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What does it mean to be rational?

Fact: Two rational numbers can never be adjacent, as you will always find an irrational number between them.

Proposition: Two rational people can never be together, as you will always find something irrational separating them.

(So let's be completely irrational together, you and I.)
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People are put into the ground when they die.

Seeds are put into the ground to be born again.


^ the tiny story I wrote earlier

I had this idea that when the heart stops beating, it is planted into the ground like a seed to bring forth more life even after death. Let's keep our loved ones alive, again by heart -- RECord, RECord, RECord. <3

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"You're too complex," said Pi.

"Don't be irrational," said i.

"Come on guys, be positive!" said 22/7.

"Oh look," said i grumpily, "the voice of reason."

"I can't help that I'm rational," said 22/7.

"And i only wishes he could be positive," said Pi.

"Excuse me?" said i.

"You'd have to square yourself to be truly positive."

"Well look who's being a Negative Nancy," said -12, amused.

"You're one to talk," said 1 and Pi simultaneously.

"I feel like I'm looking in the mirror," said Pi, staring at 1.

"So what's the problem?" said 1.

"Pi wants to break up with me," said i.

"Why?" said 1.

"He says it's my personality," said i, "but I'm pretty sure he's got his eye on infinity."

"Don't we all," said 22/7 with a sigh.

"Pi's being ridiculous," said i, "Why would he want to end things with me?"

"Well, you can't blame him," said e. "You aren't real, after all."

"Oh my, look who's finally awake!" said i with a snort. "e, you've been sleeping like a log all day."

"Shut up," said e. "I need my beauty sleep."

"So do I," said Phi, yawning from the corner.

"No you don't!" said e. "You look positively golden today, darling."

"What about me?" said Zero.

"Did you hear that?" said i. "It sounded like the wind."

"You probably imagined it like you do everything else," said Pi. "I'm pretty sure it was nothing."
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-- it rolls. Down, down, down, crushing the dead earth in its path until it finally settles at the bottom of the steep mountain.

He feels defeated, crushed. Somewhere, the gods are mocking him and he knows it. His life has really come down to this. But what is this, but a duty assigned specifically to him? Perhaps it is of some cosmic importance, or at least he tries to think it is.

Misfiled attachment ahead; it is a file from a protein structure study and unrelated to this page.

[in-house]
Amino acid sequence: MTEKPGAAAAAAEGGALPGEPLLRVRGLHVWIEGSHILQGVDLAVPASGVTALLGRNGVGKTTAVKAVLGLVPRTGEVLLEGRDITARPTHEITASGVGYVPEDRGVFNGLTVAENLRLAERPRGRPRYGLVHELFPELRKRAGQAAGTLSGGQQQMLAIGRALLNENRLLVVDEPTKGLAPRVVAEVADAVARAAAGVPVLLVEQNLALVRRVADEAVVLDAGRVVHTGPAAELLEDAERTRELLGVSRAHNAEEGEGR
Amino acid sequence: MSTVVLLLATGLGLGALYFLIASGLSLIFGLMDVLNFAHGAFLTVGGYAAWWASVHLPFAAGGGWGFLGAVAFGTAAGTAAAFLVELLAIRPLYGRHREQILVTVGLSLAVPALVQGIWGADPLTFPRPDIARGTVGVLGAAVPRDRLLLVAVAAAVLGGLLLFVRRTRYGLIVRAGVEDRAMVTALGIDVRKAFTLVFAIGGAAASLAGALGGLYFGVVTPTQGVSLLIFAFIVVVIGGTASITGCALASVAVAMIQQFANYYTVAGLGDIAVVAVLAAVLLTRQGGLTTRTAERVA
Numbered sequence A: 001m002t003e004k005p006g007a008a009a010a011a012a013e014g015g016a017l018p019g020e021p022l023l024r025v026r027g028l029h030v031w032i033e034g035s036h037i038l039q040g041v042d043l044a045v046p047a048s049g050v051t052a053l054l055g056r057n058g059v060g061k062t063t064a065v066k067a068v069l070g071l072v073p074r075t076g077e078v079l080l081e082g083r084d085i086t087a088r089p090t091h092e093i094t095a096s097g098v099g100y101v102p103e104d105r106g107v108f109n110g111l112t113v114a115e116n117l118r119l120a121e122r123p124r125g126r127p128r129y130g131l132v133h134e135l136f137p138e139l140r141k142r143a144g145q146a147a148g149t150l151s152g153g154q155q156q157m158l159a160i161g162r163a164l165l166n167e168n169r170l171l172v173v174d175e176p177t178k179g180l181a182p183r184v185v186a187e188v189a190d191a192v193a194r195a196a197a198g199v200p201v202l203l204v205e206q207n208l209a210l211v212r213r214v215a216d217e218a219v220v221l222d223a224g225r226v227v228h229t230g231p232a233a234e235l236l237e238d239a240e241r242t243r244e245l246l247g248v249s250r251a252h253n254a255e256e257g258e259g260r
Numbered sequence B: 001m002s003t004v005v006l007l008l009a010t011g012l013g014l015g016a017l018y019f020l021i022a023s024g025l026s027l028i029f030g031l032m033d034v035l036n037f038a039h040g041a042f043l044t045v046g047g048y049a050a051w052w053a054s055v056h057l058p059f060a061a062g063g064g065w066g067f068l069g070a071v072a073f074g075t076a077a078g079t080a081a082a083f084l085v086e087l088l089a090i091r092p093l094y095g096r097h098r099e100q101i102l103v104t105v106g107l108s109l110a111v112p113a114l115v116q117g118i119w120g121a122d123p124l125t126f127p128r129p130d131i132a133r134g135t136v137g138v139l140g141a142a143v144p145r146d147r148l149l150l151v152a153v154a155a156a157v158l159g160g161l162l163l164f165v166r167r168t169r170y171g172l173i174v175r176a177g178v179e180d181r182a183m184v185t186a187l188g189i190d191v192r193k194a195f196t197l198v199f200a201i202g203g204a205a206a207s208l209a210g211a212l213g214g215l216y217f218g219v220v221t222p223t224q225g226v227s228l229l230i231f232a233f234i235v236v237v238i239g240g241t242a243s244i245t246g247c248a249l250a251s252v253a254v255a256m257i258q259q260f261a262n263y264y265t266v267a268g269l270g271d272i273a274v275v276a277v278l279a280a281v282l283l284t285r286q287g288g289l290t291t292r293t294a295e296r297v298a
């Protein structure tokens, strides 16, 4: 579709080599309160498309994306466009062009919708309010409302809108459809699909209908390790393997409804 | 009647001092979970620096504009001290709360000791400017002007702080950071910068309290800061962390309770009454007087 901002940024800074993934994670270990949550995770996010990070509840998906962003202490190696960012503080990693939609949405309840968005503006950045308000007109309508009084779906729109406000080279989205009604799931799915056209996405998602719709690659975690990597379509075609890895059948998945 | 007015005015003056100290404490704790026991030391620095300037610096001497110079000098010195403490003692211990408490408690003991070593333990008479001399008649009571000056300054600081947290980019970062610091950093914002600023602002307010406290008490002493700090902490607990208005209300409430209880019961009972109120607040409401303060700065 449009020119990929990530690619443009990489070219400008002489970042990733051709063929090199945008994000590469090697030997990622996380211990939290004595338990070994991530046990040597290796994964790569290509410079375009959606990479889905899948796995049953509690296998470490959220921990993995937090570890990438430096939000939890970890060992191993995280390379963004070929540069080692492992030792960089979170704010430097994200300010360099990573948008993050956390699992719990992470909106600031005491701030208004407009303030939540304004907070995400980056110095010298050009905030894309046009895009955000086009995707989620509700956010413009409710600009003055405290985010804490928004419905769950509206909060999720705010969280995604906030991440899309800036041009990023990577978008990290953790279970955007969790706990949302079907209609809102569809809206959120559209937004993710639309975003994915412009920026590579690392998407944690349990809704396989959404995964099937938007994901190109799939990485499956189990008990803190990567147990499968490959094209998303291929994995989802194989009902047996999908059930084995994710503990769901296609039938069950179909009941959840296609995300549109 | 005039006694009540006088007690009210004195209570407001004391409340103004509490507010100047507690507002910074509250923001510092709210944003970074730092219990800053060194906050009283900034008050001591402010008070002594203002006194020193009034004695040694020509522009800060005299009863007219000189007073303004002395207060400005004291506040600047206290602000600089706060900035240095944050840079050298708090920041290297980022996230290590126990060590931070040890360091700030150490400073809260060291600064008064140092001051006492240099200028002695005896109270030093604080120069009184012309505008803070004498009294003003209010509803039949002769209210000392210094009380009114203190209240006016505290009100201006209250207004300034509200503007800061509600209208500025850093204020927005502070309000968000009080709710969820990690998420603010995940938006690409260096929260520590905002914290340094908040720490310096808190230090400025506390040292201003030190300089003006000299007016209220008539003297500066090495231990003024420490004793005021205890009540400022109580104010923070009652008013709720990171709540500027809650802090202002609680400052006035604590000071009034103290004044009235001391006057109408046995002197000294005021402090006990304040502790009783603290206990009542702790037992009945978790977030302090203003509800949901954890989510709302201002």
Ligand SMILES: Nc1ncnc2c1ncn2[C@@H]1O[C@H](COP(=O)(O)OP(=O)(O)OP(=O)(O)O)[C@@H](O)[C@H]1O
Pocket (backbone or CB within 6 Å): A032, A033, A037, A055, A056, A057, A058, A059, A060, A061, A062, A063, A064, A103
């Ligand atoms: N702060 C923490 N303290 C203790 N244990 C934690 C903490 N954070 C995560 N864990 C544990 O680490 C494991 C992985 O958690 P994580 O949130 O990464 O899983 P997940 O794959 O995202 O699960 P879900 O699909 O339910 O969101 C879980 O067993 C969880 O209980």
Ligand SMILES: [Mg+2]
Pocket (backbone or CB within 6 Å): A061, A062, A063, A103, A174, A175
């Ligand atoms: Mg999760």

He trudges down the side of the mountain, stopping when he reaches the boulder at the bottom. It is a large sphere of solid rock, nearly six times his size. As he puts his palms against its cold surface, he wonders idly if this time will be the last.

With a deep breath, he begins to roll it, up, up, up the mountainside, over the flattened, lifeless grass and the sticks and the stones. Halfway up the slope, he stops, his muscles screaming in pain from over-exertion. He wants to give up. He wants to rest.

But this is his responsibility. This is his calling. Some would call it his burden, but no-- it isn't a burden, it can't be. Despite the pain and suffering, he knows this is his rock. This is his fate, and his only, to create. He chooses to push this heavy weight up the mountain because he wants to, because it is what he was meant to do. He tells himself these things as he keeps rolling it up, past the rough patches of land until he gets to the very top.

It is done. Finally, he has brought it to the mountain's peak. He leaves it there and brushes the sweat from his forehead. His legs give out and he falls to the ground, panting. His entire body aches, but he smiles all the same. He has succeeded.

But just then, the earth quakes under him. The boulder moves, ever so slightly. Deep down inside, he knows what is coming. There is a rumble as the rock falls out of place. Perhaps it is his own madness, but he imagines he can hear the gods laughing somewhere far above.

Exhausted, he can only sit still and watch helplessly as--


(hint: go back to the very beginning and read it over... and over... and over again)

The Myth of Sisyphus, by Albert Camus, is my favorite philosophical essay. You can read it here: The basic idea is this: Sisyphus has been condemned by the gods to roll a rock up a mountain and watch it roll down again, then repeating the process for all of eternity. It is probably the worst existence imaginable. But the remarkable thing about it is that he tells himself he is in CONTROL of this fate, that he is doing this because he WANTS to, and that is the key thing that leads to his happiness -- absurdly enough, "One must imagine Sisyphus happy," because despite this terrible life he lives, he makes it his own.

I find this story incredibly inspiring. I am also fascinated by infinite loops. That's why I wrote this little story about Sisyphus, which I hope you will read again and again so that you can share Sisyphus' pain and joy and everything in between. :)

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dear hitRECord,

i wish you all a very happy, safe, and healthy new year. may twenty ELEVEN bring you nothing but genuine smiles and happiness. <3

thank you so much for allowing me to be a part of this community. i'm proud to say it has made me a significantly happier and more confident person. it is magical. WE are magical. i cannot say thank you enough, but here goes: THANK YOU, again, by heart.

xo, dusty.

p.s. apologies to the city of chicago for butchering your skyline...